Constantly fighting with your partner while quarantined? Here are 4 expert-approved tips that will nip arguing in the bud
Cramped quarters. Anxiety, stress, and quick tempers. While this is our new normal now in the time of coronavirus (COVID-19), these are also ingredients for a disaster in the love department. If you find yourself quarantined with your significant other, the forced togetherness might be testing your relationship like never before and causing a lot of friction—and not the good kind, as in between the sheets. Because, let’s face it: When you’re living and breathing and working within inches of each other 24/7, one of the last things you want to do is have sex.
“When you’re cooped up in your living room with your significant other for weeks on end, tempers are going to fly and they are going to get on your nerves,” Susan Trombetti, matchmaker and CEO of Exclusive Matchmaking, tells HelloGiggles. “This is the person you are madly in love with, so let’s hope you like them, too, because that is what is going to make this entire quarantine that much more fun.”
If you’re fighting with your partner during quarantine, here are tips from the experts on how you can keep the spark alive while maintaining your sanity.
Establish boundaries and ground rules
Even the most compatible couples need to create boundaries, no matter how small or large their living quarters might be. Trombetti says this is important to establish things like workspaces and work times. “If your significant other sets up working in the middle of your Tiger King binge, there are going to be problems,” she says. “Figure out your respective places and times for those communal spaces first in order to avoid conflict.”
This also goes for carving out much-needed alone time. Without the option of our go-to activities like happy hours and gym time, hanging out solo is difficult to attain now.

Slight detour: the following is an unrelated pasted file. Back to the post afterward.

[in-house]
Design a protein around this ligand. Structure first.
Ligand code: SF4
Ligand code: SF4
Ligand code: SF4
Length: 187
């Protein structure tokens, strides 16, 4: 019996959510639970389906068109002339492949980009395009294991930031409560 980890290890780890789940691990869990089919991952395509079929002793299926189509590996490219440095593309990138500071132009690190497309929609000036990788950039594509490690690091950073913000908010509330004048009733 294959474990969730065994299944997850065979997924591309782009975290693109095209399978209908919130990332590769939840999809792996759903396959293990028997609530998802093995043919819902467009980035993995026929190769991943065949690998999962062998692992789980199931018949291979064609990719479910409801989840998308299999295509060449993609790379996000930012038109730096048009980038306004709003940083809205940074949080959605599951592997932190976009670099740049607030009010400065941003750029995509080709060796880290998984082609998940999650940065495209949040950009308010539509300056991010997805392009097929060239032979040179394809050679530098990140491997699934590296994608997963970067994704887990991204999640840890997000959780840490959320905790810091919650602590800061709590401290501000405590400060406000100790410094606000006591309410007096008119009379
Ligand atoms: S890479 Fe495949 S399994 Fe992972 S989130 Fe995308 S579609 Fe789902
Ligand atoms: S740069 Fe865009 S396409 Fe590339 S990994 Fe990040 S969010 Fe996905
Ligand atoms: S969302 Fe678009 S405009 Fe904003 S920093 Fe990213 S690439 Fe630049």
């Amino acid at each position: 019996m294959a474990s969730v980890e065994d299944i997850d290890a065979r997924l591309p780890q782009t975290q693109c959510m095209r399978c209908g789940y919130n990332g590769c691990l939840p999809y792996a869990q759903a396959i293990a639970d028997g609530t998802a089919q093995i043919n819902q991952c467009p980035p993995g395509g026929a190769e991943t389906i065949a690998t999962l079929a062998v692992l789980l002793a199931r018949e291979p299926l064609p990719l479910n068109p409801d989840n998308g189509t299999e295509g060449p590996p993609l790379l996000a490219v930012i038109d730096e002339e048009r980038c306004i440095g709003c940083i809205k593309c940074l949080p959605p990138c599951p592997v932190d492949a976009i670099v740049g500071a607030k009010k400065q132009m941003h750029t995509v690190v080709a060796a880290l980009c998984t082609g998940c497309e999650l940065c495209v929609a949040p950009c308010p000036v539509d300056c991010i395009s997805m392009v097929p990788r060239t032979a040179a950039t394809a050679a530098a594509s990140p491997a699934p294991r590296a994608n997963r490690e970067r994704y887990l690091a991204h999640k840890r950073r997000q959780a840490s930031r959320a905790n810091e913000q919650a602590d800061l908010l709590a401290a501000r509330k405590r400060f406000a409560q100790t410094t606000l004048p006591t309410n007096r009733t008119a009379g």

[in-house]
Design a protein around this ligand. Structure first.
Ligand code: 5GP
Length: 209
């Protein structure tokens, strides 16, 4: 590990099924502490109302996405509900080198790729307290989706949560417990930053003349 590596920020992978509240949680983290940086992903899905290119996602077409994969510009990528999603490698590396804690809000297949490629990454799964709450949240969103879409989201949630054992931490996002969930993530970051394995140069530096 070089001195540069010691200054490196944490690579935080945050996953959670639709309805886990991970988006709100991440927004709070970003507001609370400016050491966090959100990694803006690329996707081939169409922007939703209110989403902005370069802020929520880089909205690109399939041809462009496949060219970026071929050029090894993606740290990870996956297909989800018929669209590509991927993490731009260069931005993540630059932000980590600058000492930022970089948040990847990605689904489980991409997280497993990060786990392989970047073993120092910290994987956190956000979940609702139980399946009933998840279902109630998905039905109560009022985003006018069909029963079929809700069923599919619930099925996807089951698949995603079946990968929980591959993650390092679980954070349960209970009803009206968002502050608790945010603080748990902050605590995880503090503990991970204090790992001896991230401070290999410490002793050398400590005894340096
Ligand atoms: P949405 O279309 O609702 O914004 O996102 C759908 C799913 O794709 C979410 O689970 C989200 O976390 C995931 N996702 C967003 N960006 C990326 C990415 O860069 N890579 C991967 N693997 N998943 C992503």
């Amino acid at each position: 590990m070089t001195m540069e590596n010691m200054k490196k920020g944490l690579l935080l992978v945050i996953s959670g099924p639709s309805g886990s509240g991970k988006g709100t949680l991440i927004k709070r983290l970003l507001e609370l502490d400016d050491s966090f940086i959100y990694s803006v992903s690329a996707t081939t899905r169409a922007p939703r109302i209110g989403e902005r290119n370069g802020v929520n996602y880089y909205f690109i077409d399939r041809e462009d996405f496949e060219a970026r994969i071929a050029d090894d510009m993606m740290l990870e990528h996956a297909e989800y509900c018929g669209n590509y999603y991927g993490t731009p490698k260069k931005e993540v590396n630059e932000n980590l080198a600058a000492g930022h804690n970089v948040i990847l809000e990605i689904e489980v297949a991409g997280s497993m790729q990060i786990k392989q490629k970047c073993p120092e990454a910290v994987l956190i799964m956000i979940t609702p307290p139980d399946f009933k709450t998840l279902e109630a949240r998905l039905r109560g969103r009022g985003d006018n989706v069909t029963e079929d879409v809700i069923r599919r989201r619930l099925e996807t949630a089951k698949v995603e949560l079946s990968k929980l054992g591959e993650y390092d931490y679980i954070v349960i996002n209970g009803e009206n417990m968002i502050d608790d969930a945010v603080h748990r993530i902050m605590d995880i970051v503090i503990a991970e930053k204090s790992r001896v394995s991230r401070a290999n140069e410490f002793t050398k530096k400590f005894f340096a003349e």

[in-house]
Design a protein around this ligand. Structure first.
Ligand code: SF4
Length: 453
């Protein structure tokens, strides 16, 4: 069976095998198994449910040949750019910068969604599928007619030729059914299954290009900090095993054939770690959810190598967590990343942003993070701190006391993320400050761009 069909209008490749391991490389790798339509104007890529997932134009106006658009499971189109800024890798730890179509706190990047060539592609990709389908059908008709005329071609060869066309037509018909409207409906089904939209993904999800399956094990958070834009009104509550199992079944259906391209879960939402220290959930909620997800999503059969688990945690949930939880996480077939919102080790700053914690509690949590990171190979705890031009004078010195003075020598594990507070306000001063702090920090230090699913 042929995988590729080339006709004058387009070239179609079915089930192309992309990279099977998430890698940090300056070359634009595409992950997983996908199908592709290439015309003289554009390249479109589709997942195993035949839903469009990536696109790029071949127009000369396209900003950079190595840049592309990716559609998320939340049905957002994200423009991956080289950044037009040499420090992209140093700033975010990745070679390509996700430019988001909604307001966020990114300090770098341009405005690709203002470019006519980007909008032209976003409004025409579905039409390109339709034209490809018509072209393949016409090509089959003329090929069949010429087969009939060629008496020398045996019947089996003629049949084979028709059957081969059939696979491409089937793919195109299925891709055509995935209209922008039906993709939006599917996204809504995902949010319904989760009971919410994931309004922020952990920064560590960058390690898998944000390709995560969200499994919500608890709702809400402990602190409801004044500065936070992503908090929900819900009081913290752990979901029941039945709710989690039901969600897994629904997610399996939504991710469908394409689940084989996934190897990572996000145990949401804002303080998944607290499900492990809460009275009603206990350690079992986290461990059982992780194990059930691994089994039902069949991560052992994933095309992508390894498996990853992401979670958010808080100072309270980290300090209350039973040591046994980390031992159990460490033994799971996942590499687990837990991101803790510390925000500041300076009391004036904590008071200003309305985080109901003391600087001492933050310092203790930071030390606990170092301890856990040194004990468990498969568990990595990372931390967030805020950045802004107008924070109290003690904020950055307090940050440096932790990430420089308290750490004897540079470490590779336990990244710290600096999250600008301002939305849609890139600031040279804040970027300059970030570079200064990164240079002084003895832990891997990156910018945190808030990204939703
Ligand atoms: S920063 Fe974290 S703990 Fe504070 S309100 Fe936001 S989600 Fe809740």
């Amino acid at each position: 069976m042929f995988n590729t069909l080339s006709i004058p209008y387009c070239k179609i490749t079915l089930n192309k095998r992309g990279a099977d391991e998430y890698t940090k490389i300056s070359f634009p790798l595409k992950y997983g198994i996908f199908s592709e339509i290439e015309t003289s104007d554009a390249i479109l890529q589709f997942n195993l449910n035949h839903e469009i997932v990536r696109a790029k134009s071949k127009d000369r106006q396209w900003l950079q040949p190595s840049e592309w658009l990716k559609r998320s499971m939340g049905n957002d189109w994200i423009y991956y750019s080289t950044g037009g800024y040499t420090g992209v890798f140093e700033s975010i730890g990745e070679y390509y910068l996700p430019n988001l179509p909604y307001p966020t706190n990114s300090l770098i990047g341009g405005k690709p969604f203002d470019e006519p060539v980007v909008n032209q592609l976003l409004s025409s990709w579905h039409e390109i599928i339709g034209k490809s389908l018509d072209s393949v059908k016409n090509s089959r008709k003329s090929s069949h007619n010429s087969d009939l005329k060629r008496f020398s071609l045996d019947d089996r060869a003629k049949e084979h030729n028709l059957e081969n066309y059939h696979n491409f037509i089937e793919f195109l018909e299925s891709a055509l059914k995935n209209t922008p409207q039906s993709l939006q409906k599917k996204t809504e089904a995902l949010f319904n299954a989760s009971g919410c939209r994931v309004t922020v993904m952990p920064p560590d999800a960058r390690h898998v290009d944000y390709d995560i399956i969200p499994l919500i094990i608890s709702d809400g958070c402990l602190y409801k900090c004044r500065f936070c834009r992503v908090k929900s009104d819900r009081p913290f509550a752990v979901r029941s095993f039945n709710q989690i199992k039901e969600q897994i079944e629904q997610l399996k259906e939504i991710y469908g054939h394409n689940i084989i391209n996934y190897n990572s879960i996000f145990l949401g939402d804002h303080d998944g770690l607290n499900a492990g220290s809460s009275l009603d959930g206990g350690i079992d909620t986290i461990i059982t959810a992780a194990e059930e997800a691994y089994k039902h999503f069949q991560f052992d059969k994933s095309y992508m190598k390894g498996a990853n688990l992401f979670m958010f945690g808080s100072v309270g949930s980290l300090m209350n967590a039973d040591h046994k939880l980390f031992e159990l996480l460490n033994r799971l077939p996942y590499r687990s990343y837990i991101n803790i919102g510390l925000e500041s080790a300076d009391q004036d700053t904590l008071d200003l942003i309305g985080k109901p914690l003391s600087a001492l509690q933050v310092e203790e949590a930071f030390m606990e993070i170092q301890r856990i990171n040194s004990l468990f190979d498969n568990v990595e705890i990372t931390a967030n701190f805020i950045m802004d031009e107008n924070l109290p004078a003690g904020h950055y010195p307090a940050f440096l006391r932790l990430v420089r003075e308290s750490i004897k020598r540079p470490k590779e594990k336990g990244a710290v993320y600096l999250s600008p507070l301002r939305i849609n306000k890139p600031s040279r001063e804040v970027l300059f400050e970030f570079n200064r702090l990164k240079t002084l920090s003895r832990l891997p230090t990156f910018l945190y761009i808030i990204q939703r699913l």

“Communicate what your needs are for space, and notice I used the word ‘communicate,’” says Trombetti. “This is the word of the month for couples. You will be doing a lot of this.”
Conflict is inevitable in relationships but could happen more frequently during such a stress-inducing time. “Conflict can be unhealthy or healthy; the flow and outcome depend on how the partners approach the issues,” Dr. Carla Marie Manly, a clinical psychologist, tells HelloGiggles. “It can be difficult to stay at home with one’s spouse or significant other even under the best of circumstances. Many people are accustomed to having varied days that include multiple exchanges with coworkers, interesting work dynamics, and regular interactions during breaks and commutes. We often take all of this variety for granted until we are isolated and, as in the case of the current pandemic, largely kept in confinement.”
No wonder it’s easy to become irritable and cagey with our partners. Because we often look to our S.O.s for comfort and support during day-to-day challenges, especially severe challenges like the coronavirus pandemic, Dr. Manly says it is especially important to support one’s partner emotionally.